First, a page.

• Rickie Weeks was called up on June 10 after Junior Spivey was traded to Washington, and he’s done his part to justify his place in BP’s 2005 Top 50 Prospects list. This ranking was a significant downgrade from the year before, when he was the #9 prospect, largely due to concerns about the graduation from relatively weak college competition. So far this season, he’s done his best to make that downgrade look most unwise.

    Since being promoted, he’s hit .271/.374/.471 with three doubles, a triple, and four home runs, good for a .292 EqA (seventh in the majors among major league second basemen). He already ranks ninth on his team in VORP with 7.5, and his VORPr of .331 is tied with Ryan Freel for fourth among all ML second basemen. Lest we think he’s caught lightning in a bottle since being promoted, his pre-callup 2005 minor league line of .320/.435/.655 should set us straight.

    If that looks like a lot of power, it is. Weeks had nine triples at AAA Nashville before his promotion. A straight ISO computation of SLG-AVG on his 2005 minor league line gives us an impressive score of .335 (home run leader Andruw Jones has a score of .313 by this measure). Since triples generally mean “speed” and not “power,” including them in SLG can be misleading. PECOTA remedies that in its projections, treating all triples as doubles. When we do the same, his 2005 minor league ISO drops to .290; still quite good, and far less misleading about his potential home run power.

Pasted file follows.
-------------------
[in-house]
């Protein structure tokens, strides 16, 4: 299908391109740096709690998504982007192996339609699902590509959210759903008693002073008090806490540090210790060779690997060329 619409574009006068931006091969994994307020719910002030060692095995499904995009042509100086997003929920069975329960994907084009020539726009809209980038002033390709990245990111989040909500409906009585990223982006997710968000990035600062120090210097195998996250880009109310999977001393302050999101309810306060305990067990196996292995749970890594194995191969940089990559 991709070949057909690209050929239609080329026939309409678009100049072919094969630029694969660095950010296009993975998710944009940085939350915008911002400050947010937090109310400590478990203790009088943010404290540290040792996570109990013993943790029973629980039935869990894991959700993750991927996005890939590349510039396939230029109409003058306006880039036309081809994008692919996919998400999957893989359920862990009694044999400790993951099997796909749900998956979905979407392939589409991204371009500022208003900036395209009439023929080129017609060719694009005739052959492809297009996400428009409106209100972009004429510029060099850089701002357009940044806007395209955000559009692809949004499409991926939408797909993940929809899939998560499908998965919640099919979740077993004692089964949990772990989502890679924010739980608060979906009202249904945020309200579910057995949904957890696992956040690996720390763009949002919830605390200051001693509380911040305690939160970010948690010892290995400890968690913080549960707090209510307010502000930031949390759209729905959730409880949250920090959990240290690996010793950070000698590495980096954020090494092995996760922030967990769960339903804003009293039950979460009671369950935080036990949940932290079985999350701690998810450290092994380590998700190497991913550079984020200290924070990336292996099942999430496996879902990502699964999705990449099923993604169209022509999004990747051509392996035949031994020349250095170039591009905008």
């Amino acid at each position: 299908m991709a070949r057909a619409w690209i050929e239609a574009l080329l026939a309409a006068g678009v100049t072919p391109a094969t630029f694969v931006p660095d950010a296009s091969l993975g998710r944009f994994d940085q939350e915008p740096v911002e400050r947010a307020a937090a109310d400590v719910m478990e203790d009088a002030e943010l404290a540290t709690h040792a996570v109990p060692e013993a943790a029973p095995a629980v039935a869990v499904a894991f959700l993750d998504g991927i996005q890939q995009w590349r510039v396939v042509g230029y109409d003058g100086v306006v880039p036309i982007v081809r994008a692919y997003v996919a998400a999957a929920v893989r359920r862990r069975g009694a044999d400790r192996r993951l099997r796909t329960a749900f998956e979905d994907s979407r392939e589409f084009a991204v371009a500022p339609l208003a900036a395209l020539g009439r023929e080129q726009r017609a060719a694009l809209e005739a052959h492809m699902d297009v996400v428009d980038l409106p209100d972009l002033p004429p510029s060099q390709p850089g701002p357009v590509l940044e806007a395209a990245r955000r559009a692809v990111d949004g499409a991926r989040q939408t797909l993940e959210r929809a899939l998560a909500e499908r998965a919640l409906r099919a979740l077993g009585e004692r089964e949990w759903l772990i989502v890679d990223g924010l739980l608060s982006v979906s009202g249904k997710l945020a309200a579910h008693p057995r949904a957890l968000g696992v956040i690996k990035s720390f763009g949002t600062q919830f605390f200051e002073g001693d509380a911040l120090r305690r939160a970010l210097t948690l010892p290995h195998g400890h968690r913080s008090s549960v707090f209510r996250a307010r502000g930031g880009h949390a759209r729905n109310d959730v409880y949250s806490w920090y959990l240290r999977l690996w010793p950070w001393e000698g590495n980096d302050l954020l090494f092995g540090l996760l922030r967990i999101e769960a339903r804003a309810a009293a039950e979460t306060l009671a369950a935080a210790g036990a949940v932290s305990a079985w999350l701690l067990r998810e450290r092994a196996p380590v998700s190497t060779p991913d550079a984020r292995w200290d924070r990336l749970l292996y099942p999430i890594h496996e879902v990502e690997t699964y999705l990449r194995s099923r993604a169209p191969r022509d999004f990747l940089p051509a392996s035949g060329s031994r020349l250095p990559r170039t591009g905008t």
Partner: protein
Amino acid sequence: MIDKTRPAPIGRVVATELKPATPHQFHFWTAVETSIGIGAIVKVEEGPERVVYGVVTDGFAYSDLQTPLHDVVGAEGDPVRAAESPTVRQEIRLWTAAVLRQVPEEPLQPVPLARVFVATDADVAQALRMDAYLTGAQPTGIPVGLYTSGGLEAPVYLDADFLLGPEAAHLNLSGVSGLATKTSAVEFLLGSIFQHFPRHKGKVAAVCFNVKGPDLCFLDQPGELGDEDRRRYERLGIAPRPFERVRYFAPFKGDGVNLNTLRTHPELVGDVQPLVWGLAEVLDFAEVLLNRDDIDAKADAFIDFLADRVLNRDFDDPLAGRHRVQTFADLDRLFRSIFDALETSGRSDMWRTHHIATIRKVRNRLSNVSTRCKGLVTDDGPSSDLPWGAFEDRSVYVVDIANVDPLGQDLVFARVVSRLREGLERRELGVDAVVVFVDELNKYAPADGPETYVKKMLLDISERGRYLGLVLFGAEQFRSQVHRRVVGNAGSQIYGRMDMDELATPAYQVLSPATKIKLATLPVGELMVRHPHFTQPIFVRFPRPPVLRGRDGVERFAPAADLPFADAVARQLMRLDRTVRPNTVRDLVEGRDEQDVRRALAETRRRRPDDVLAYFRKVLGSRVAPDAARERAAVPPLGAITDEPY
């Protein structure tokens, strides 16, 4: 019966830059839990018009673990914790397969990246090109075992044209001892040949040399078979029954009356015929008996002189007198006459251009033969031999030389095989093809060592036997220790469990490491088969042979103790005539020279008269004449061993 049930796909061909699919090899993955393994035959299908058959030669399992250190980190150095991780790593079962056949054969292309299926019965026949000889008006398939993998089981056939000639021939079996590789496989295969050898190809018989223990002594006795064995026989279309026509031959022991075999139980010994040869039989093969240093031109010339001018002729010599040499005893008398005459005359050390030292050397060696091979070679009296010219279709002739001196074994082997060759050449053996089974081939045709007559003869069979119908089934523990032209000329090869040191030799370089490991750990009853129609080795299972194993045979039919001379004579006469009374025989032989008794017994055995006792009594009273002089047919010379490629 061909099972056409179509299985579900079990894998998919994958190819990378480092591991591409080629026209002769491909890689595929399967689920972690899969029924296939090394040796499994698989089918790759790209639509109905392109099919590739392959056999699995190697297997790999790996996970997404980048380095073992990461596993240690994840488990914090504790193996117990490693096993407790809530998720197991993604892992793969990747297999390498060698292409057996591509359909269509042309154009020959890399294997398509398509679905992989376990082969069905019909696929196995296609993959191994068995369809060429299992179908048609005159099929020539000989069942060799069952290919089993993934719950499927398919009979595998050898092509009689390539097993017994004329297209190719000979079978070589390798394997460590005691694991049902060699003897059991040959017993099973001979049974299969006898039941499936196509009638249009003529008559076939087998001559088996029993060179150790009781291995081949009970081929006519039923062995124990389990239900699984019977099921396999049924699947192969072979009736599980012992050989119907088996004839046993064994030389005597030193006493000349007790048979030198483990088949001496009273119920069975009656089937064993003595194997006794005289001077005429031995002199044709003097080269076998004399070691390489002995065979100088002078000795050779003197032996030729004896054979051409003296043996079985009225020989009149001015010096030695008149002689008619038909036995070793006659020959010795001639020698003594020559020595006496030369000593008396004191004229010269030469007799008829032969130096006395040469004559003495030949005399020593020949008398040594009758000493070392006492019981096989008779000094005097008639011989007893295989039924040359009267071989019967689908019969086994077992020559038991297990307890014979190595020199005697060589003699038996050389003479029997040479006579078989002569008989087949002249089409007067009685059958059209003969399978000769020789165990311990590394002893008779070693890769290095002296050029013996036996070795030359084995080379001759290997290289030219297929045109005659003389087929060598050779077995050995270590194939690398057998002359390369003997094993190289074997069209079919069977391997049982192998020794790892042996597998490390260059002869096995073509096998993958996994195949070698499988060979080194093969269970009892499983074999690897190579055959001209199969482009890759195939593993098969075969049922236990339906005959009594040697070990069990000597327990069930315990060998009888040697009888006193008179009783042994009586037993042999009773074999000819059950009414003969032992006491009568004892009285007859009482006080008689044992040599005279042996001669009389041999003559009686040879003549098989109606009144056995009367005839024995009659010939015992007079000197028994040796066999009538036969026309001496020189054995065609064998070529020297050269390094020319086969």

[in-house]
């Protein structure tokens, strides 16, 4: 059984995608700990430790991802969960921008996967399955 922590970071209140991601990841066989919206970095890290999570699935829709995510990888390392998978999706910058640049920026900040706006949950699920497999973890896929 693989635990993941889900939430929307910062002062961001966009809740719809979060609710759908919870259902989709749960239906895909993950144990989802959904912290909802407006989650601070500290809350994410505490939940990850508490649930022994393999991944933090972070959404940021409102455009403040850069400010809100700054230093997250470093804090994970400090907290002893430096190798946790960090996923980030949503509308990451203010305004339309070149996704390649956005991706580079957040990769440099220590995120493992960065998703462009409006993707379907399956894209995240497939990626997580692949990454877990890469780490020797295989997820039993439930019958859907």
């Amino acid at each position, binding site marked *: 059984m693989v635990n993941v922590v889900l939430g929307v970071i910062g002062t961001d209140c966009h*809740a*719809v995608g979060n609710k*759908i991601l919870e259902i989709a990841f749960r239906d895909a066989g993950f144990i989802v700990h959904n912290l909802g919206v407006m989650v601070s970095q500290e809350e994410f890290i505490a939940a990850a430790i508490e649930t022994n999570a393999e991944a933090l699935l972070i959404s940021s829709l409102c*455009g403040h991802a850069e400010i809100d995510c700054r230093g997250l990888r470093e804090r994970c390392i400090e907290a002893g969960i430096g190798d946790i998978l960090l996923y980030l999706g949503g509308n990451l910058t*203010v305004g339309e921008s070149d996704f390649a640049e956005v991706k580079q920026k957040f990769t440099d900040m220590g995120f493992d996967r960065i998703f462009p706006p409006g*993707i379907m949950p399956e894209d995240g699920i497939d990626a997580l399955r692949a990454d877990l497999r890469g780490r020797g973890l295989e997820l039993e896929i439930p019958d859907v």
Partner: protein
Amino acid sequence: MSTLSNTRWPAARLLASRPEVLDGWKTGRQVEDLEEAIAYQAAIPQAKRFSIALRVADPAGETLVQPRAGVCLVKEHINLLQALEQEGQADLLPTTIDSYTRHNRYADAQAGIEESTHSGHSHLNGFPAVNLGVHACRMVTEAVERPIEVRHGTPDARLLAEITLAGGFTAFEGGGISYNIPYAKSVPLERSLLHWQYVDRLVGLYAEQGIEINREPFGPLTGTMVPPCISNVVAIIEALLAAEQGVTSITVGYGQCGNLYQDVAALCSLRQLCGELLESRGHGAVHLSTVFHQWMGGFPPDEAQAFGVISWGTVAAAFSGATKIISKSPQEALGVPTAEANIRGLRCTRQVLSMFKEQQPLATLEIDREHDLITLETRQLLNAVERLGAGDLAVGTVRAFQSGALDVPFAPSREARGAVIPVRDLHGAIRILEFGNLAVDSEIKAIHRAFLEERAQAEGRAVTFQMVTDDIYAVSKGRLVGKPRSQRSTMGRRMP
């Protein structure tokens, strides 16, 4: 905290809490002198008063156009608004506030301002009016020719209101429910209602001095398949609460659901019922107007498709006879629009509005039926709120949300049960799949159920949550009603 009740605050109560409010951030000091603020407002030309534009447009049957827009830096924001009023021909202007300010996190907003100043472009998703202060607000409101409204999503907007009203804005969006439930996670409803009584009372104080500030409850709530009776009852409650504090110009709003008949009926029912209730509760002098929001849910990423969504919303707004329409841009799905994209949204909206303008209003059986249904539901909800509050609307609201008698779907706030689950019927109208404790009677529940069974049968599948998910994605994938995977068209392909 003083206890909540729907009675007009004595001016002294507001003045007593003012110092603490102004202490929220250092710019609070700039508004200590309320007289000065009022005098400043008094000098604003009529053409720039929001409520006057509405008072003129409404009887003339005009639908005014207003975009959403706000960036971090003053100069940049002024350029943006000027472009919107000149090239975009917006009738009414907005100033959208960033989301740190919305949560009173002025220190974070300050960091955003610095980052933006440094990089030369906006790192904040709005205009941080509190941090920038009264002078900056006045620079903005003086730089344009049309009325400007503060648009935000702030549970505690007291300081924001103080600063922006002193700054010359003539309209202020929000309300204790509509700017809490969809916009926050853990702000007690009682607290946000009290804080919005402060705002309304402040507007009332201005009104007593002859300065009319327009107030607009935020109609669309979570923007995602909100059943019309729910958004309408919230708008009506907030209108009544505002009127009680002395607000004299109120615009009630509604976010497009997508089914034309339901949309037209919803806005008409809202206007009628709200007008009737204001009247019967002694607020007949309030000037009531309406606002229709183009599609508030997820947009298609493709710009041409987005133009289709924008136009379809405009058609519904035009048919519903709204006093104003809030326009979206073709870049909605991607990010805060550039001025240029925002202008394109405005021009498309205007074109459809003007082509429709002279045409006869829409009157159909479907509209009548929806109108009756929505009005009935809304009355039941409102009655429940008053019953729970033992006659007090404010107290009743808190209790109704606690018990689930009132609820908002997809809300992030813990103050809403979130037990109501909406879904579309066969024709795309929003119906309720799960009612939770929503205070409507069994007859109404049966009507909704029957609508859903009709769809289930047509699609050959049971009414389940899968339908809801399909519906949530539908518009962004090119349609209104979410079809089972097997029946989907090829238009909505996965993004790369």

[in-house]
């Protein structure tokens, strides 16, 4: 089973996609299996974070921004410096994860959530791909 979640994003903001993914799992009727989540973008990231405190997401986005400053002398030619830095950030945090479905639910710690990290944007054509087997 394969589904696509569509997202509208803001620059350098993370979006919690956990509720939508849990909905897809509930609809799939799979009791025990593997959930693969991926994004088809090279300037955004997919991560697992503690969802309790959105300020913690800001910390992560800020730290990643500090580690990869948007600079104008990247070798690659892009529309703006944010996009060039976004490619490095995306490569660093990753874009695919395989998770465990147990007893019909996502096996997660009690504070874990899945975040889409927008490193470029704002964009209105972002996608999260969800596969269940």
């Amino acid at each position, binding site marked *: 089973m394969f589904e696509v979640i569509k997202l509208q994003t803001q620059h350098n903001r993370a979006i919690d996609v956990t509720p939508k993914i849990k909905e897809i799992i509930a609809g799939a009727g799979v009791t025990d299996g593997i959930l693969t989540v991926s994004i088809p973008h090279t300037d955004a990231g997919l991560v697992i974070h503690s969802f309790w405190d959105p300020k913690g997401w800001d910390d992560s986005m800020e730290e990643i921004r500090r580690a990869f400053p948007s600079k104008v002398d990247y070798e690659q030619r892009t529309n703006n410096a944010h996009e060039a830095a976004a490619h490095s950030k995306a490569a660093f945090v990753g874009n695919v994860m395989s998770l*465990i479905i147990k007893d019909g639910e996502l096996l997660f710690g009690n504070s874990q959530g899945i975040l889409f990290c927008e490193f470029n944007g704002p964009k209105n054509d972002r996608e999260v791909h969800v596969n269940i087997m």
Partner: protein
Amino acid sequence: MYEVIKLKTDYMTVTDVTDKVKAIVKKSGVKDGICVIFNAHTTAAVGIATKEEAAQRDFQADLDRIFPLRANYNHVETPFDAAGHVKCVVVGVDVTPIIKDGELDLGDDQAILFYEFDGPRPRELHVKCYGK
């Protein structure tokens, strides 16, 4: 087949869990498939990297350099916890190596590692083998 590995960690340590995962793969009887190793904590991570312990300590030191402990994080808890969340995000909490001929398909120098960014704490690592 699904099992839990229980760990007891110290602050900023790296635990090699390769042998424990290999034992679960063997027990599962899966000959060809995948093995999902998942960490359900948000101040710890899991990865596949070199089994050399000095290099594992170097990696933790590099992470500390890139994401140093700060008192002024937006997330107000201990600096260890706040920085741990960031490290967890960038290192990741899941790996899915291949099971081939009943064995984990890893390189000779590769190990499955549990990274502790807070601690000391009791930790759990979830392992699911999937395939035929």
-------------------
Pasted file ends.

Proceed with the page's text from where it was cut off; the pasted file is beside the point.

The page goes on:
• Now contrast Weeks’ success with the failure of infield mate J.J. Hardy. Hardy made the team out of spring training, though not because of any overly impressive recent performance at the plate; his 2004 was ruined by a labrum injury, and our preseaon Team Health Report cautiously gave him a yellow light. Concerns over his injury dropped him from BP’s #20 prospect in 2004 to an Honorable Mention in this year’s list. When healthy, he had just 101 ABs last year, hitting .277/.330/.495.

    We shouldn’t make too much of spring training statistics, but Hardy’s line of .235/.274/.412 would be downright Bondsian compared to the .185/.286/.270 (.203 EqA) line he’s put up so far this season. Of the 230 major league players with more than 200 PAs so far, his SLG is better than only one: Tony Womack. No wonder Hardy is the 28th most-valuable HACKING MASS player this year.

    Though he’s struggled with many facets of his game so far, one thing he seemingly hasn’t struggled with is his plate discipline. At first glance, his 27/21 BB/K rate is certainly inspiring. Anytime you have more walks than strikeouts, it’s a very good sign; well, most of the time it is.

    But Hardy has spent most of his time hitting eighth, and so we have to address the invisible asterisk next to his walk total. For one, five have been intentional, so his ratio is really 22/21. It’s also not clear from just the numbers how many of those have been “intentional unintentional walks” that so many eighth-place hitters get just because there’s a pitcher on deck. Thus, his strike zone control isn’t as superb as we might think. The only season Hardy really controlled the strike zone was his 2003 AA season at Huntsville, when he hit .279/.368/.428. Even with that season, he’s a .277/.335/.402 career hitter, hardly the type that we’d recognize as being “choosy.”

John Erhardt